Patroni From Luxembourg, joined Aug 1999, 1403 posts, RR: 12
Reply 5, posted (8 years 4 months 4 days ago) and read 2168 times:
Quoting EbbUK (Reply 1): Maybe it is high time, plane building was given back to the people who know best and not the bean counters!
Don't blame the bean counters for that... these announcements and promises to customers come from marketing people with an over-optimistic high-level perspective, trusting that any problems on the way will be solved "somehow" by "someone"
Jasond From Australia, joined Jul 2009, 23 posts, RR: 0
Reply 7, posted (8 years 4 months 3 days 23 hours ago) and read 2167 times:
Or simply an interesting tactic on Boeing's behalf, promise an early EIS on the back of Airbus's A380 woes, bring in the orders (which it clearly has), then deliver ONLY a few comfortable months later than originally planned
Avek00 From United States of America, joined Oct 2004, 4510 posts, RR: 21
Reply 8, posted (8 years 4 months 3 days 23 hours ago) and read 2167 times:
Hmph -- so many wanted to jump at my throat (and indeed the throats of many a.netters) at our belief that a 6 month (and possibly longer) EIS delay was inevitable for the 787.
It wasn't meant to be a knock on Boeing or the 787 -- which I am eagerly waiting to fly on -- but rather a conclusion based on the premise that Boeing would ultimately not feel comfortable with a testing programme that deviates substantially from established practices for technical and legal reasons.
B747forever From Sweden, joined May 2007, 17540 posts, RR: 10
Reply 9, posted (8 years 4 months 3 days 23 hours ago) and read 2168 times:
Quoting Jasond (Reply 7): Or simply an interesting tactic on Boeing's behalf, promise an early EIS on the back of Airbus's A380 woes, bring in the orders (which it clearly has), then deliver ONLY a few comfortable months later than originally planned
Beaucaire From Syria, joined Sep 2003, 5252 posts, RR: 23
Reply 10, posted (8 years 4 months 3 days 23 hours ago) and read 2168 times:
Quoting TheSonntag (Reply 6): But I am sure they will not only solve the problems, they will deliver the plane with the promised data...
Ihr Glaube in Gottes Hände..
It's about time people stop talking BS about the 787 and become realists.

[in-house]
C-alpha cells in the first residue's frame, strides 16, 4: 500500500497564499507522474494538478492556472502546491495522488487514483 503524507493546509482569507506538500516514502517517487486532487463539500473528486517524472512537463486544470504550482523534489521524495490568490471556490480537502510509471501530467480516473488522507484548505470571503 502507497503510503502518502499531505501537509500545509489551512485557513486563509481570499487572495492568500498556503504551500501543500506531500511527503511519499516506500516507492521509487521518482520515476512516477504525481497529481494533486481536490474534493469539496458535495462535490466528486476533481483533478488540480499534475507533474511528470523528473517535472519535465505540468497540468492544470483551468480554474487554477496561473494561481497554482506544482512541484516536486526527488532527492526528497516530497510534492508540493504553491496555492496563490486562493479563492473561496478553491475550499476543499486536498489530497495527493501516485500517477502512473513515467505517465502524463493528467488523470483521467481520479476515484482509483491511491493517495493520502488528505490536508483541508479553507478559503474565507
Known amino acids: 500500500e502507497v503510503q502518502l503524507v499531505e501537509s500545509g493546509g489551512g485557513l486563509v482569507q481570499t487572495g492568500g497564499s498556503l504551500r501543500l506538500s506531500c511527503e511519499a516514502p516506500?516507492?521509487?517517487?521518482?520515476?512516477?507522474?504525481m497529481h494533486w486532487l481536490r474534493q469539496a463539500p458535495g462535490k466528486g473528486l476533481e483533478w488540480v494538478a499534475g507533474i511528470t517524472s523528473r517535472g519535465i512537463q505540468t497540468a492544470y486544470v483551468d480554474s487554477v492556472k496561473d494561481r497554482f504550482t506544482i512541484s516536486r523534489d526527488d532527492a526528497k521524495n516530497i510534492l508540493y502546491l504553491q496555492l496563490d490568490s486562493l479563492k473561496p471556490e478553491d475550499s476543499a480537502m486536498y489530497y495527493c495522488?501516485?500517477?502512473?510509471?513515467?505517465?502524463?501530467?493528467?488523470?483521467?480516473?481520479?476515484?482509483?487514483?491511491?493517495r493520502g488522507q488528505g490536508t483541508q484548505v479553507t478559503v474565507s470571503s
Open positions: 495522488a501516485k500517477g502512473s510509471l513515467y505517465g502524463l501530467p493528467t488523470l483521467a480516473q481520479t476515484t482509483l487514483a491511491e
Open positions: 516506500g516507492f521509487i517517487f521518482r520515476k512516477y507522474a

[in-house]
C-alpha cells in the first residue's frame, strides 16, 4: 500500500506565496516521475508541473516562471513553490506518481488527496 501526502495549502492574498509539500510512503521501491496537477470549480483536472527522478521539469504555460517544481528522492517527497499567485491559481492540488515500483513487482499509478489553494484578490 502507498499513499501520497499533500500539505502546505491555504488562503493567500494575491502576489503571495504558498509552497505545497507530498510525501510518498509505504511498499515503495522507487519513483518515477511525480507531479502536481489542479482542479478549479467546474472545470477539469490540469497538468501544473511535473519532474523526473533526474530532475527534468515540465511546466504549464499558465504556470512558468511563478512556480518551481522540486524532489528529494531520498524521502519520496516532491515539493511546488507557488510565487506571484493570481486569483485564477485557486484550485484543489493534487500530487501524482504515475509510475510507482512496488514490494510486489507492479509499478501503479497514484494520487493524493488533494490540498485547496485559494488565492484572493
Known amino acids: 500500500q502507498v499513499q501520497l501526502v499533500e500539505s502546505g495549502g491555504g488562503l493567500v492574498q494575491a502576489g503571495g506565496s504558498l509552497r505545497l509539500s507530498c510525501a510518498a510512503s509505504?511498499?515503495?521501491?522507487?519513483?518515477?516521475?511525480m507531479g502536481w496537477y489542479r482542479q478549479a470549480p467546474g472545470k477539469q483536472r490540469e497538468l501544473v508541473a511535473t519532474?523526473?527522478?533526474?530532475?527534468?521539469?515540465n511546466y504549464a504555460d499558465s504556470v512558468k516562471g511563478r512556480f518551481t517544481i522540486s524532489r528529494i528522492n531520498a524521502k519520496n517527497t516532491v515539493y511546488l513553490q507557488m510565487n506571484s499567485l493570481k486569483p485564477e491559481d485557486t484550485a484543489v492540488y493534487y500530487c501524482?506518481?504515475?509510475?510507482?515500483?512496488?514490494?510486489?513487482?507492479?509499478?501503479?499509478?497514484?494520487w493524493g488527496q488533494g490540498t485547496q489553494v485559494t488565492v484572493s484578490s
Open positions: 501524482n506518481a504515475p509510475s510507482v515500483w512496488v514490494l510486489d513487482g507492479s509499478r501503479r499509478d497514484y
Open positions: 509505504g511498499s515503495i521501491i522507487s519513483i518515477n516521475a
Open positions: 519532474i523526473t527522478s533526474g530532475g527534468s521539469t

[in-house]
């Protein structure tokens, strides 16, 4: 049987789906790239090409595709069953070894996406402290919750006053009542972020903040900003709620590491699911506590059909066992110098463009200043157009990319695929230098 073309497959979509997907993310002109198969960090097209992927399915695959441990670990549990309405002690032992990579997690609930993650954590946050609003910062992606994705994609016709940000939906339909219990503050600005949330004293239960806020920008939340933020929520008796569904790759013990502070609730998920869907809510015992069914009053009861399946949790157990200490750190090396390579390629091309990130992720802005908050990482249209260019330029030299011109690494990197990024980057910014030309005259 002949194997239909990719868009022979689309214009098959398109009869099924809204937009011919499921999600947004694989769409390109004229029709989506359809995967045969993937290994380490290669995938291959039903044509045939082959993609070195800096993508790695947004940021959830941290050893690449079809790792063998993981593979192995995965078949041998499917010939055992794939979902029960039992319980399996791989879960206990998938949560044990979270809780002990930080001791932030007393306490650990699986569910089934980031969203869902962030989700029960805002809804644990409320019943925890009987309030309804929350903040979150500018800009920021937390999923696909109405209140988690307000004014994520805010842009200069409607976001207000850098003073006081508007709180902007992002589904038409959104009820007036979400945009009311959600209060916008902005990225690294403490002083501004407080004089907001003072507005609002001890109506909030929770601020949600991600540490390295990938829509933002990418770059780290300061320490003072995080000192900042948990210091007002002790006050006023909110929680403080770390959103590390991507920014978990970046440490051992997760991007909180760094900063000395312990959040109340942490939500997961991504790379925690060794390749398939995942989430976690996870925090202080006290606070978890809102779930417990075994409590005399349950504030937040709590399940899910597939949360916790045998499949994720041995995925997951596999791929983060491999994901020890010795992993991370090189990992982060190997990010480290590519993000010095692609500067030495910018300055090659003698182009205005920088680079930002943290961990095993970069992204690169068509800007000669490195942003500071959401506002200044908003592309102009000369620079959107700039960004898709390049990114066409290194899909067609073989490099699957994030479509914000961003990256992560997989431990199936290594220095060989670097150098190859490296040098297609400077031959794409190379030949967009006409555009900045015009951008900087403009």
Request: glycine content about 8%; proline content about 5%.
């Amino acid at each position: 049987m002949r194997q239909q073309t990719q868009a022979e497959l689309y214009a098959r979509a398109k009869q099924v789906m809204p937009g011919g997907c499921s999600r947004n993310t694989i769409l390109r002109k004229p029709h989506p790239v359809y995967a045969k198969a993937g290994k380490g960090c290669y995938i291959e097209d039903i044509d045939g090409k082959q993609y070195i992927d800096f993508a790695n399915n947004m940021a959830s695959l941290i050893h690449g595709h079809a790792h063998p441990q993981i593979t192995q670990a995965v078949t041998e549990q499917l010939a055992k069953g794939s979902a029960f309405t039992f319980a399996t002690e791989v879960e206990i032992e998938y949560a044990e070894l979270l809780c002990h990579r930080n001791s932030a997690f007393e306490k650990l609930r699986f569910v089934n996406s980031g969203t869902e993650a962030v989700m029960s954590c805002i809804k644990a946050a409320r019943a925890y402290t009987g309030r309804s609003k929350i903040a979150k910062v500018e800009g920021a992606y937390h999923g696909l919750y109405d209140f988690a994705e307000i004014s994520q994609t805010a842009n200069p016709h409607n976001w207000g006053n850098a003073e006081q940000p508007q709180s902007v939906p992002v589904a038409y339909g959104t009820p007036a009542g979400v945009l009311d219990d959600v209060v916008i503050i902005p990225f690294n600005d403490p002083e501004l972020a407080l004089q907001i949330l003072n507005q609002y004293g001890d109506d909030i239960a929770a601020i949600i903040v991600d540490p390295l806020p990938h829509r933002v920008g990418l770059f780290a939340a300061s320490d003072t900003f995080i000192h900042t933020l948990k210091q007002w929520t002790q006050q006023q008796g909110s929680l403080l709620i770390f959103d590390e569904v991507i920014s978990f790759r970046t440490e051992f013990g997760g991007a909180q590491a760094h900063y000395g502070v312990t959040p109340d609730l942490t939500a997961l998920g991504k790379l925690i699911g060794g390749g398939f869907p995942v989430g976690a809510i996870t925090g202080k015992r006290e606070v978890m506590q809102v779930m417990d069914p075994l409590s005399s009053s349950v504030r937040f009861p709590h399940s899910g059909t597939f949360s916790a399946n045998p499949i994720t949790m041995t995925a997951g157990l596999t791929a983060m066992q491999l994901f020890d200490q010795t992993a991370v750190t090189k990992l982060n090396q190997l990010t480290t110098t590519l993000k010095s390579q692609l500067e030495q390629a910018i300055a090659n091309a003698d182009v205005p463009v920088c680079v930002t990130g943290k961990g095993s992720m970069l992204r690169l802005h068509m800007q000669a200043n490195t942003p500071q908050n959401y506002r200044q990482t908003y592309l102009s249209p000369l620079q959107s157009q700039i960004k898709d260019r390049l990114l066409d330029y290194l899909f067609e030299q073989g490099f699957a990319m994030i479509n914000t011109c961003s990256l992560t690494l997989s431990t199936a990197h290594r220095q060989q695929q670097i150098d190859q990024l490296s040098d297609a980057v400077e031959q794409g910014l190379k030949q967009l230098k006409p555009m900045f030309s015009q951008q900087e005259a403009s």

We have a situation where a 700+ orderbook is currently handicaped by a completely uncapable supply and manufacturing shedule. Nobody dares to say the truth because of stock-market implications.
Boeing will pull it off -yes - no doubts!
When will they pull it off ? - the management knows but doen't dare to tell the truth .
Flight-testplanning is utterly unrealistic considering the current hick-ups and persistent issues with suppliers (Alcoa,Alenia,Flightsoftware??)-so let's spit it out and concede a 9 month delay (at least ).
Thorben From , joined Dec 1969, posts, RR:
Reply 12, posted (8 years 4 months 3 days 23 hours ago) and read 2167 times:
First of all, I must say this is a very good article, the way it is written and how it describes a lot of issues in easy language.
Boeing now faces major hurdles:
a) getting the first plane to fly, complete the flight schedule, and do the EIS
b) ramping up production
both are very difficult, given the problems mentioned in the article. Delays seem inevitable, but airlines will have built themselves a plan for a situation like that, because new planes aren't safe from delays.
Quoting GlobeEx (Reply 15): Well taken they know more... question is, when does it cross the line where it becomes illegal.....
It won't. If you listened to the previous analyst webcasts, the Boeing top brass was careful enough to use phraes like "we are still confident" or "we think" or "we still aim at"...
That said, a sober analysis based on what knowledge is 'out in the industry' indeed suggests a 4-6 month delay for 1st delivery. But as others have pointed out in the other thread, what really matters is the impact on the overall ramp-up with 112 deliveries planned until end of 2009. If they can make that, everything else will be forgotten quickly - except for the usual 'Incredibles'-style anecdotes how all the nagging problems were finally overcome
Sparkingwave From South Korea, joined Jun 2005, 684 posts, RR: 0
Reply 16, posted (8 years 4 months 3 days 22 hours ago) and read 2169 times:
As we have seen with the A380, it doesn't really matter these days if an airplane's EIS is delayed or not. What are the airlines gonna do anyway? Cancel orders? They'll risk losing their competitive edge.
6 months doesn't even seem all that bad, compared to Airbus' 2 year delay. The 787 still comes out smelling like a rose.